Eddie Kazak was born on Sunday, July 18, 1920, in Steubenville, Ohio. Kazak was 28 years old when he broke into the big leagues on September 29, 1948, with the St. Louis Cardinals. His biographical data, year-by-year hitting stats, fielding stats, pitching stats (where applicable), career totals, uniform numbers, salary data and miscellaneous items-of-interest are presented by Baseball Almanac on this comprehensive Eddie Kazak baseball stats page.
"Second baseman Eddie Kazak, hospitalized 16 months when wounded in the invasion of Normandy, broke into the Columbus lineup for the first time, April 23, and performed spectacularly with his bat. He blasted two homers in a an eight run eighth frame and also had a single and double in five trips, besides stealing home in the fourth frame, to help the Cards thump Savannah, 10 to 3." - The Sporting News (May 2, 1946)
Eddie Kazak Autograph on a 1991 Topps Archives Baseball Card (#194 | Checklist )
Eddie Kazak Pitching Stats
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Eddie Kazak Hitting Stats
Eddie Kazak Fielding Stats
Eddie Kazak Miscellaneous Stats
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Eddie Kazak Miscellaneous Items of Interest
|Team [Click for Roster]||Uniform Numbers||Salary||All-Star||World Series|
|1948 St. Louis Cardinals||12||Undetermined||-||-|
|1949 St. Louis Cardinals||21||Undetermined||Stats||-|
|1950 St. Louis Cardinals||21||Undetermined||-||-|
|1951 St. Louis Cardinals||1||Undetermined||-||-|
|1952 St. Louis Cardinals||3||Undetermined||-||-|
|1952 Cincinnati Reds||10||Undetermined||-||-|
|Eddie Kazak Stats by Baseball Almanac|
A palindrome is a word, phrase, number or other sequence of units that can be read the same way in either direction. Toby Harrah has a last name which is a palindrome and he is one of only a eleven Major League players in that "club" - which appears below in debut order:
Palindromic Baseball Players
The Sporting News quote at the top of this page briefly mentions Kazak's injury during World War II, but it was an amazing journey to the show like few others:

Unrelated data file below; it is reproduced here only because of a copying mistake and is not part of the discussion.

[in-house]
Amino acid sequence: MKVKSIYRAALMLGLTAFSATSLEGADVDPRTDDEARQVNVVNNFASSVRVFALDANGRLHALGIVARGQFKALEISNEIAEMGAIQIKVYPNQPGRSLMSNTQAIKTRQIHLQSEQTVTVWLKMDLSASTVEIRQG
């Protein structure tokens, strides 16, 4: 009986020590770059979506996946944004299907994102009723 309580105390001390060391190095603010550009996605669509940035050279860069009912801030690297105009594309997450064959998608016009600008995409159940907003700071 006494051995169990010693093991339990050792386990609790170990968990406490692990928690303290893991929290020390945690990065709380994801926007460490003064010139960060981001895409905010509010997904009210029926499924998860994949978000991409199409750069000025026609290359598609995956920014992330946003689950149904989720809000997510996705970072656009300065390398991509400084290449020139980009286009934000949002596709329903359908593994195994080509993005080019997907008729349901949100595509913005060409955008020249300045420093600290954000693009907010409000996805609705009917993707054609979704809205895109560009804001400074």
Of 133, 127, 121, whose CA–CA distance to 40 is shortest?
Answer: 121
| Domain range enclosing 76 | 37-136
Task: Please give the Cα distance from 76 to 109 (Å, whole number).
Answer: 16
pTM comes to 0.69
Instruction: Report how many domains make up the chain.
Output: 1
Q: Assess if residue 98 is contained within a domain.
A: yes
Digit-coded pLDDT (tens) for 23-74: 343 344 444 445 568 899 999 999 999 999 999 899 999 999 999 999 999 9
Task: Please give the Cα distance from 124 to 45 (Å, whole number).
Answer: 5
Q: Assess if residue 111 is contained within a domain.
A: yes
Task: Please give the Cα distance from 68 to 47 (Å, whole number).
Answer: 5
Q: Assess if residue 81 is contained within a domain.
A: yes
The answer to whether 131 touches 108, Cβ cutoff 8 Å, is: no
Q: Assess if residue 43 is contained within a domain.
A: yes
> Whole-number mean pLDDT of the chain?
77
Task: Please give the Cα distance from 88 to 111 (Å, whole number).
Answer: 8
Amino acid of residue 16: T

Eddie Kazak | 1952 Topps (#165)
On October 1, 1942, Eddie Kazak enlisted with the United States Army Air Force. He was stationed at Brooks Field (Texas), but in 1943 he chose to become a paratrooper and was transferred to the European theatre in 1944.
Later that same year, Kazak took part in the Invasion of Normandy, and a day after he landed in France, he was hit with a bayonet which wounded his left arm then had his right elbow shattered by shrapnel during the firefight.
Doctors told Kazak to forget about baseball, and in December of 1945, he was released from the hospital after having number surgeries, including one where a plastic piece was put in place of the missing bone in his elbow (see news article below).
"The arm began to come back with exercise, and it has been getting better every year since," Kazak shared with The Sporting News. He tried out for the Rochester Red Wings in the International League, failed to make the team, played single A ball instead in the South Atlantic League with the Columbus Cardinals. He worked his way quickly through the Cardinals farm system and three years later, Kazak made his Major League debut!
Eddie Kazak | Alton Evening Telegragh | May 10, 1949 | Page 16
During his first full season, Eddie Kazak hit .304, notched 99 hits in 92 games played, went deep six times, and was named as the starting third baseman for the National League in the 1949 All-Star Game - the first Midsummer Classic ever played in Ebbets Field. Eleven short days after the All-Star Game, on July 23, 1949 , Kazak fractured his ankle, missed almost the entire season, and never fully recovered.